Tag Archives: separation of church and state

Jinnah Was The Most Secular Statesman Produced By The Muslim World

Liaqat Ali Khan with Mahomed Ali Jinnah

By Yasser Latif Hamdani

It is amazing that given the confusion created about the word “secular” in Pakistan by both the right and the left has so thoroughly disoriented the thought process of our intelligentisia, especially that which is christened by the state,  that it has failed to capitalize on the fact that Pakistan’s founding father was not just unambiguously secular but was the most secular statesman in the history of the greater Muslim world,  even more so than the great Kemal Ataturk, who is justifiably hailed as the father of secularism in the Muslim world.   Even Kemal Ataturk through an amendment to the constitution of the Republic of Turkey in 1923 instituted Islam as the state religion [1], which remained in the constitution till 1928 when Ataturk had it removed.   Jinnah never instituted a state religion and blocked every resolution or move whether in the Pakistani Constituent Assembly or the All India Muslim League Central Working Committee [2].  Continue reading

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Secularists And Jinnah’s 11th August Covenant

There is no more a sacred covenant than this speech by the founding father, statesman, law-giver and philosopher in chief ,  Mr. Jinnah,  for this country and it spoke clearly, undeniably, incontrovertibly, clearly not vaguely that religion would be separate from the state and that religion would be the personal faith of an individual. I’d like to add that there are 30 odd other speeches of Jinnah which also speak of an inclusive democratic polity unfettered by priests with a divine mission but 11th August is the most important speech because it is spoken to the constituent assembly which was about to start framing the constitution of Pakistan.    This is a solemn promise and should have the status of a sanctified compact between the state of Pakistan and all its people.   It is this compact that the honorable justices of our Supreme Court should have considered when they chose to spray the judgment against NRO with Islamic injunctionsYLH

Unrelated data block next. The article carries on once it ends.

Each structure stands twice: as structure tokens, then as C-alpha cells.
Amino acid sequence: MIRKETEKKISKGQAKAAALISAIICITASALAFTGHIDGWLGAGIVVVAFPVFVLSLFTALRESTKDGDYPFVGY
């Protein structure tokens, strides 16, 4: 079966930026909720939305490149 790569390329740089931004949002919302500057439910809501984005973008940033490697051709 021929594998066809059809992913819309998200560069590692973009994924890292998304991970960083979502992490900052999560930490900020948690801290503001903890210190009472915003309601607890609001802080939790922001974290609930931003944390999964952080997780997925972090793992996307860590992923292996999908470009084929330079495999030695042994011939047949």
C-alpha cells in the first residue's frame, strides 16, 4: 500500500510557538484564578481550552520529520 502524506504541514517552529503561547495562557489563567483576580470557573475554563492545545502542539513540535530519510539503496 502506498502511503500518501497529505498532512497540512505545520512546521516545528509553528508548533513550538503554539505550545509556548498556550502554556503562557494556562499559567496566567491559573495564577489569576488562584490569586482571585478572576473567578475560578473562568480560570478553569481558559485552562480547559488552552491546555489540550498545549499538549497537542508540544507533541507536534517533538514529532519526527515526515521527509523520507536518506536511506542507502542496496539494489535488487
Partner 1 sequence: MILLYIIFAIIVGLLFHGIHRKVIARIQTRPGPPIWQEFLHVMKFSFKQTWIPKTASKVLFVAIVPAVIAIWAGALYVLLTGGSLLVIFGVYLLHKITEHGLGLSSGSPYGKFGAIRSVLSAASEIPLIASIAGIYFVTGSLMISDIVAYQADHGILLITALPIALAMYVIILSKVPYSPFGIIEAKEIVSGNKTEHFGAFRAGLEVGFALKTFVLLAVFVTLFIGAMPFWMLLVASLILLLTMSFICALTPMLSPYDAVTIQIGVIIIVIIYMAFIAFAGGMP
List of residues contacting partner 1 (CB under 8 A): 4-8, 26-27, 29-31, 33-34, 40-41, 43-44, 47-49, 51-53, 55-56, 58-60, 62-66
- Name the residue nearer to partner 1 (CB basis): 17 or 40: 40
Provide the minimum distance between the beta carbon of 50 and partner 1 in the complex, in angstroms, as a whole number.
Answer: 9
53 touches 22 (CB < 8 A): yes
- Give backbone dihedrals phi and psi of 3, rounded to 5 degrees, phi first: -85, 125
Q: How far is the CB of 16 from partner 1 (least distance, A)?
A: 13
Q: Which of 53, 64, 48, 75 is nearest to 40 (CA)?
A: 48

By Ishtiaq Ahmed

No ideological tendency in Pakistan identifies itself with the August 11 speech of Jinnah with greater enthusiasm than the secularists. Among them are included the marginalised leftists, oppressed minorities, retired senior bureaucrats and radical intellectuals. Both Marxist and liberal versions of secularism inform their thinking. The secularists are divided on many things, but agree that the secular nature of the Quaid’s message is unequivocal and incontrovertible. Their lament is that his unworthy successors broke a sacred covenant of equal rights bequeathed by the Founder of Pakistan. Continue reading

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One Unit Faith

By Nadeem F. Paracha

 From DAWN:

Recently, while giving a speech to the Peshawar police, General Ashfaq Parvez Kayani said that no one could separate Islam from Pakistan. One wonders what prompted the army chief to digress, and start assuring his audience about Pakistan’s Islamic credentials. I guess he chose the occasion to comment on the military’s take on a (albeit unsubstantiated) news report stating that the Awami National Party (ANP) and the Muttahida Qaumi Movement (MQM) wanted to change the country’s name from Islamic Republic of Pakistan to People’s Republic of Pakistan. Even though both the ANP and MQM were quick to refute the news, General Kayani’s reassurance in this respect yet again underlines the dilemma the military and the state of Pakistan have been facing for years. Continue reading

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Fighting for Jinnah’s Pakistan

 

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From DAWN

 

By Ashfak Bokhari

 

There has never been so great a need to revisit Mohammad Ali Jinnah’s legacy as now, under the changed circumstances, to renew our resolve to adhere to his ideals, his principles and his vision of Pakistan. Nor has there been so much urgency to disseminate and popularise the political philosophy of Mr Jinnah — the Quaid-i-Azam to most of us — which has now largely been either ignored by the political community or hijacked by obscurantist forces and even distorted by Islamists to suit their designs.

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